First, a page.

Bluelight

Thread: Do anti-psychotics prevent tripping?

Results 1 to 8 of 8
  1. Collapse Details
    Do anti-psychotics prevent tripping? 
    #1
    All I want to know
    Reply With Quote
     

  2. Collapse Details
     
    #2
    Bluelighter Venrak's Avatar
    Join Date
    Jan 2009
    Location
    Montreal, Canada
    Posts
    3,554
    Yes.
    Reply With Quote
     

  3. Collapse Details
     
    #3
    Thank you kind sir,
    Reply With Quote
     

  4. Collapse Details
     
    #4
    The short answer is indeed a resounding yes however upon further investigation it depends on the trip inducing agent and the anti psychotic in question. Generally speaking anti psychs don't actually stop the trip but instead change its characteristics. Usually the experience will be somewhat dulled and often offer a more fatigued, stoned and less psychedelic adventure. In addition the effects may be shorter and in some cases the hangover or afterglow will be intensified.

    If you have a particular agent and antipsychotic in mind let me know and I will expand further.

    Cheers
    Reply With Quote
     

  5. Collapse Details
     
    #5
    Moderator
    Psychedelic Drugs
    Wiki
    Solipsis's Avatar
    Join Date
    Mar 2007
    Posts
    10,850
    Serotonergic antagonists will prevent or stop a trip the most.
    I think atypical antipsychotics like dopaminergic antagonists will prevent or stop a trip less but considering a 'wholesome' effect it will probably still be mitigated.

    So as a simple answer: yes, because of the general neuroleptic effect. But some of them are more selective to 'reverse' or 'block' the actual psychedelic effect (mediated by 5-HT2A) and others work more by carpet bombing your total awareness.
    Please start at the Beginners FAQ - Read the PD Rules and BLUA - Use the Psychedelic Index and/or the advanced search engine
    Reply With Quote
     

  6. Collapse Details
     
    #6
    Moderator
    The Lounge
    Roger&Me's Avatar
    Join Date
    Dec 2004
    Location
    bikey boys HQ
    Posts
    19,812

    From
    The Pharmacology of Lysergic Acid Diethylamide: A Review
    by Torsten Passie, John H. Halpern, Dirk O. Stichtenoth, Hinderk M. Emrich & Annelie Hintzen
    CNS Neuroscience & Therapeutics 14 (2008 ) 295–314


    This chart indicates that chlorpromazine (CPZ) will reduce the effects of LSD, and CPZ is a good indicator of how other phenothiazines might interact with LSD. However, I have heard that this effect does not extend to the atypical antipsychotics such a quetiapine (seroquel) -- which would most likely be designated as <--> if it were included in the chart above.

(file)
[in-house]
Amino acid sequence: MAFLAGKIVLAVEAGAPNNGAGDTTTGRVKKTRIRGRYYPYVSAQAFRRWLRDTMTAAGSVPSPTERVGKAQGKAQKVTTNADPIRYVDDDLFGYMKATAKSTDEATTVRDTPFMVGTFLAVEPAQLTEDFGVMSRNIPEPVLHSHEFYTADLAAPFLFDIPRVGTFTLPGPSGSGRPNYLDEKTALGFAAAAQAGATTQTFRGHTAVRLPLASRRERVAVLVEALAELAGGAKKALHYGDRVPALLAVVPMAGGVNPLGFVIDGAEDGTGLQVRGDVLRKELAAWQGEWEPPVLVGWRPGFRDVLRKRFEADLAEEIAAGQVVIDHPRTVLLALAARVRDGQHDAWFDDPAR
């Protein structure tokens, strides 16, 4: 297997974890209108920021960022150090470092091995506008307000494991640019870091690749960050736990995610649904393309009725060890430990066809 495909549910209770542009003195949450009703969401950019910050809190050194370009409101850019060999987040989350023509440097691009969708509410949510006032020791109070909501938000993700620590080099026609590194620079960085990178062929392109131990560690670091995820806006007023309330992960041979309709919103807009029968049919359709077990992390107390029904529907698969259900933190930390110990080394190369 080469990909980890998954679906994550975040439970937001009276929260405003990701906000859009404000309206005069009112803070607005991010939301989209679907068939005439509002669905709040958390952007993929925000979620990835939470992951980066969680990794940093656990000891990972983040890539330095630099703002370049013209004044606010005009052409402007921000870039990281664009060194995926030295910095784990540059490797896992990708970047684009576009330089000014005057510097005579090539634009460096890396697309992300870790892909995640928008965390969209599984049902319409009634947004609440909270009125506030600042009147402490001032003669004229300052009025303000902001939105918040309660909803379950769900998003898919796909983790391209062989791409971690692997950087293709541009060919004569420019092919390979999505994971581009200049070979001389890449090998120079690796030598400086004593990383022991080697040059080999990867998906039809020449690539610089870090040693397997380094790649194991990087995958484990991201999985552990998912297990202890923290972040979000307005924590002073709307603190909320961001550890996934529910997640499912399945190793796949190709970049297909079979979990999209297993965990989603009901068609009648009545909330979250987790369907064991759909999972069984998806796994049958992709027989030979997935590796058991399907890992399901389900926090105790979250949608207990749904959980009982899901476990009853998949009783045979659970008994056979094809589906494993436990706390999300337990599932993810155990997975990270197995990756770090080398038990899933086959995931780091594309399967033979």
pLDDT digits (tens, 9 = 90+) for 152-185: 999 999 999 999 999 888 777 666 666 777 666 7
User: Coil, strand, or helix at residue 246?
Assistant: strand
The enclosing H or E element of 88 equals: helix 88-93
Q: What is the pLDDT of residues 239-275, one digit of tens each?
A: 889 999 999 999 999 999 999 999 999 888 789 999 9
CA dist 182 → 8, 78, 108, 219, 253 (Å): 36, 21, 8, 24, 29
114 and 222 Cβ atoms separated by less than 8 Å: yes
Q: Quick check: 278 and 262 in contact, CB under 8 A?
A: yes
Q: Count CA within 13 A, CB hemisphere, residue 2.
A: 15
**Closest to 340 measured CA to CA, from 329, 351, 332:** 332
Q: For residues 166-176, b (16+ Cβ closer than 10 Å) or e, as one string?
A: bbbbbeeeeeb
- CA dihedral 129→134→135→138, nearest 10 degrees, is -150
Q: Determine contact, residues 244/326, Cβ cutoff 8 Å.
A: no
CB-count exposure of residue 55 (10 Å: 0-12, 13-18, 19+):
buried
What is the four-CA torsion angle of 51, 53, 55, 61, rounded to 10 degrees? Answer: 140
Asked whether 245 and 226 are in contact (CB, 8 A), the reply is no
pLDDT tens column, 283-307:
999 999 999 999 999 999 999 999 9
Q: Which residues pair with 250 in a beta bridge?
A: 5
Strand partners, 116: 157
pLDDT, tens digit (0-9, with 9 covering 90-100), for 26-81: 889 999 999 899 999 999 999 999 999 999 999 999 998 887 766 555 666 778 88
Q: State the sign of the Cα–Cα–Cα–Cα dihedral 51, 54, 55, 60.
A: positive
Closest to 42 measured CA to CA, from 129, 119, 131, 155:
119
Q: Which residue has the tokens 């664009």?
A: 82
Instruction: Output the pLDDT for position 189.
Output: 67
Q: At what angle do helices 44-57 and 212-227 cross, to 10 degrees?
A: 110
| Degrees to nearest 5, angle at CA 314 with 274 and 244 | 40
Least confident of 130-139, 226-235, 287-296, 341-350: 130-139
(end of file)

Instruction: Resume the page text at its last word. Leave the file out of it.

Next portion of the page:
As an aside, I found it interesting that methamphetamine (MA) reduces the effects of LSD while amphetamine and methylphenidate increase the effects. This must be due to MA's significant 5-HT releasing effects, because 5-HT is a better agonist at 5-HT2A than LSD is.
    Reply With Quote
     

  7. Collapse Details
     
    #7
    my girlfriend has to take abilify/aripiprazol since january because of her mental condition. about a month ago we tried a low dose of acid together (100mcg), she did not feel any altered at all, while I was at a constant ++/+++
    Reply With Quote
     

  8. Collapse Details
     
    #8
    Quote Originally Posted by Roger&Me View Post
    This chart indicates that chlorpromazine (CPZ) will reduce the effects of LSD, and CPZ is a good indicator of how other phenothiazines might interact with LSD. However, I have heard that this effect does not extend to the atypical antipsychotics such a quetiapine (seroquel) -- which would most likely be designated as <--> if it were included in the chart above.

    As an aside, I found it interesting that methamphetamine (MA) reduces the effects of LSD while amphetamine and methylphenidate increase the effects. This must be due to MA's significant 5-HT releasing effects, because 5-HT is a better agonist at 5-HT2A than LSD is.
    Chlorpromazine has nanomolar 2A affinity, quetiapine is a couple of hundred nM. Risperidone, olanzapine (zyprexa), clozapine, aripiprazole have high affinity and should work fairly well to block the effects of psychedelics. Haloperidol has reasonable affinity (a bit more than quetiapine) and sulpiride/amisulpiride very low affinity. Really makes me wonder how some of these were classified as typical/atypical.

    Yeah the meth bit is interesting, but I thought it didn't cause that much serotonin release. And it looks like LSD binds with slightly higher affinity than 5-HT, though they are similar. I'm guessing it's some quirk with that study.
    Reply With Quote
     

Posting Permissions

  • You may not post new threads
  • You may not post replies
  • You may not post attachments
  • You may not edit your posts
  •